Never Forget
Dec29

Never Forget

  16th December has to be one of the blackest days in Pakistan’s recent history. I remember sitting in a classroom at University the morning (around 10:00 am) of that day, chatting with some of my friends as we waited for our class to begin. My best friend was sitting next to me. He was checking out messages on his cell phone when he received the news, via sms, that terrorists had entered a branch of Army Public School in Peshawar. The look on my friend’s face changed from shock to concern as he read out the horrible news to us. The sms didn’t provide much detail of the incident. We knew, however, that this was a developing story and one we all hoped would end happily. This was not to be the case. In the afternoon, we received news that the terrorists had killed close to 30 children and a couple of people from the school staff. The army had begun its operation against the terrorists and was having some success. I had left my university around 3:30 pm and by the time I had reached home an hour or so later, the death toll had risen to over a 100. The most heartbreaking part of it was, of course, the killing of innocent children. After I had gotten home, i had turned on the TV to watch the media coverage of the incident. What I saw on the TV were scenes of chaos as concerned relatives were running around secured areas looking for their children among those who had been evacuated as soon as the terrorists had started their despicable activities. I moved on to another channel and there I saw relatives crying their eyes out over dead bodies and coffins. I clearly remember fighting back a flood of tears as I was watching this.   A scene from the media coverage of the incident. This is just one of many coffins over which parents were seen mourning.       The emotions at this time were in stark contrast to what they were when I had first heard the news. The shock and concern wasn’t as huge as it should have been, when I had first come to learn of the incident. It’s probably because we have become used to the constant flood of bad news and to scenes of injustice, cruelty and suffering, living in Pakistan. We have become desensitized to violence, especially, in cases where we aren’t directly affected by it. The suffering caused by the killing of sweet, innocent and joyful children or even the thought of it is enough, however, to cause...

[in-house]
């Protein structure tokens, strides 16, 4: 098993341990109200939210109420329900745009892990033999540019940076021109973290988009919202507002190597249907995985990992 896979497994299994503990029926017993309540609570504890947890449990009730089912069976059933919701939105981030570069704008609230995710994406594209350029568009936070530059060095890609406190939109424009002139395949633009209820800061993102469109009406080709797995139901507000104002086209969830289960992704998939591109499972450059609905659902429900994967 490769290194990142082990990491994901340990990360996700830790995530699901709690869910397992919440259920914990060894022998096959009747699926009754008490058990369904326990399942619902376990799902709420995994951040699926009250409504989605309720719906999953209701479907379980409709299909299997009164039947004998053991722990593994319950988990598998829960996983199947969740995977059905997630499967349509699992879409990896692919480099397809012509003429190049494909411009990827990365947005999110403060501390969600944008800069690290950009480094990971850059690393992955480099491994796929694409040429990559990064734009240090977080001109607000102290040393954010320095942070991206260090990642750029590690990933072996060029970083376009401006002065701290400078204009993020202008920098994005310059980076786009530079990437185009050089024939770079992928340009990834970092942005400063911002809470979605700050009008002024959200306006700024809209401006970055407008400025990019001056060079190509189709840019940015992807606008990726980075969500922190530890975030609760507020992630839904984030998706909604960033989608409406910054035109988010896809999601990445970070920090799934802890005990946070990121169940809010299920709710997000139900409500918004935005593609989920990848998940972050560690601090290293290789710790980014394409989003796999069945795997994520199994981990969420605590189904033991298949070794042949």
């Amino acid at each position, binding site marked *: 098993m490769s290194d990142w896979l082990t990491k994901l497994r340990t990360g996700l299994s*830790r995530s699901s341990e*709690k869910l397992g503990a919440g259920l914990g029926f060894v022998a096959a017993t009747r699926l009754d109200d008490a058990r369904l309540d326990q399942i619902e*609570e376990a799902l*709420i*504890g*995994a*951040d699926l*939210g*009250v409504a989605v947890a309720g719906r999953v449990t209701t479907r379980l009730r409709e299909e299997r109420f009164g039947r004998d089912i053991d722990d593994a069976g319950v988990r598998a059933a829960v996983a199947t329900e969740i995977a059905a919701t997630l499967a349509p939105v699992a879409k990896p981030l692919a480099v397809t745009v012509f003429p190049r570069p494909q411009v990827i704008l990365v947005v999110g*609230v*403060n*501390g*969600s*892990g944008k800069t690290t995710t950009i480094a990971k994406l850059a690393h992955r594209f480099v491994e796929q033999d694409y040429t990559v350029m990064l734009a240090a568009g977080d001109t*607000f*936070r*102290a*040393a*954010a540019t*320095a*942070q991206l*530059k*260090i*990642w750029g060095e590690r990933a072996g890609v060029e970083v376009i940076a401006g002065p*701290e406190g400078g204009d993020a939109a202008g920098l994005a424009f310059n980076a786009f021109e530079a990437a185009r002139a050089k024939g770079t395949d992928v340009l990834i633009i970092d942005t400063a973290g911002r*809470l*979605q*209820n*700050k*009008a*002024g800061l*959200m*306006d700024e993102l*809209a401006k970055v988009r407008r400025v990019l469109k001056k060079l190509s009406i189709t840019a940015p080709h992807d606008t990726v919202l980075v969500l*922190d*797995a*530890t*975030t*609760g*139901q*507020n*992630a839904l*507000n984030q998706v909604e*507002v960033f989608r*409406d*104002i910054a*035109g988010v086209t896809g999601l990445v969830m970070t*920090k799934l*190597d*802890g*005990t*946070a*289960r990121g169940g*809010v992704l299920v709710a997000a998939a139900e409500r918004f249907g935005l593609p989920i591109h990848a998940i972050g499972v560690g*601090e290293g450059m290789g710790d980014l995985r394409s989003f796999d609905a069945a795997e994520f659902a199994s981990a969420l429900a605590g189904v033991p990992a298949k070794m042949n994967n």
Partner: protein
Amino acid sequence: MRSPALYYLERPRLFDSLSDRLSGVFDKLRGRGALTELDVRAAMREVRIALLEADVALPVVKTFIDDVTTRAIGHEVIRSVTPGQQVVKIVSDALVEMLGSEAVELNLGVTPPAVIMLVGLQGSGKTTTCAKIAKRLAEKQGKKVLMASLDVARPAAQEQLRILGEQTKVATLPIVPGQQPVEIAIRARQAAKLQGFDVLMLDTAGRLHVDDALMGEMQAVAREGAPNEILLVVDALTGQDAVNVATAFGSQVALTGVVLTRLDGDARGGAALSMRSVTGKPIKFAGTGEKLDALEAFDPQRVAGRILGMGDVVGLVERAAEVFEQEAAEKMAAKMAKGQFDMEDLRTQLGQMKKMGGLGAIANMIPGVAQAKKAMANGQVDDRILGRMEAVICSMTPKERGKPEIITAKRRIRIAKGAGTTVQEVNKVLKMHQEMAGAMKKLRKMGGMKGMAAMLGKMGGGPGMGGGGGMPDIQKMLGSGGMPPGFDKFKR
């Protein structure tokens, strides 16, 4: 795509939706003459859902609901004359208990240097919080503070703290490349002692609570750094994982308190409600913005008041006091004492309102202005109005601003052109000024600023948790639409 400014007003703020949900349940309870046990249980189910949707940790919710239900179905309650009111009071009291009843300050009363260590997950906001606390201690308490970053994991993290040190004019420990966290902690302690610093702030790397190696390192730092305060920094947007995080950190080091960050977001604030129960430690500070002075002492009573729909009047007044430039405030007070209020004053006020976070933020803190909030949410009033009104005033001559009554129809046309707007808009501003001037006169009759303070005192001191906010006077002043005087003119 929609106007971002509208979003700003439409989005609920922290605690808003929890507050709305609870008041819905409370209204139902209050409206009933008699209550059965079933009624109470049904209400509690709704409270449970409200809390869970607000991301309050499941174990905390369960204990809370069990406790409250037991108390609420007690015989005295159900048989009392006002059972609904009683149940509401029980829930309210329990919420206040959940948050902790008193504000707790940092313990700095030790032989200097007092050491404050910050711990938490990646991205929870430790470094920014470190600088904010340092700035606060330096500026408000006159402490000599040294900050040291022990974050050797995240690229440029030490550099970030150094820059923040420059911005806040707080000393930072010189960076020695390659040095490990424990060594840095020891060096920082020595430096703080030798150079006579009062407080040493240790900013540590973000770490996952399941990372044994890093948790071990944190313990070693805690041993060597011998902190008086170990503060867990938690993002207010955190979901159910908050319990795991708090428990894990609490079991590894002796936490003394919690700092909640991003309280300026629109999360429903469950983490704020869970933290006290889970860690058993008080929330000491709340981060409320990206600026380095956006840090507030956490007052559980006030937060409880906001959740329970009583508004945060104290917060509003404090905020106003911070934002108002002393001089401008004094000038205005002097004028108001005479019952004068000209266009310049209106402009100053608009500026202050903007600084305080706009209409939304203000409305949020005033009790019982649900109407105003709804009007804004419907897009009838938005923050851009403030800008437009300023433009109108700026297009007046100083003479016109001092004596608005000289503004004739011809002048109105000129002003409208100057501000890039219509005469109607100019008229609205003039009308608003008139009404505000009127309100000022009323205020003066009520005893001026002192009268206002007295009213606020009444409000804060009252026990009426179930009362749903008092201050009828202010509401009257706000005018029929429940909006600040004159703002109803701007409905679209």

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Those Green Sweaters…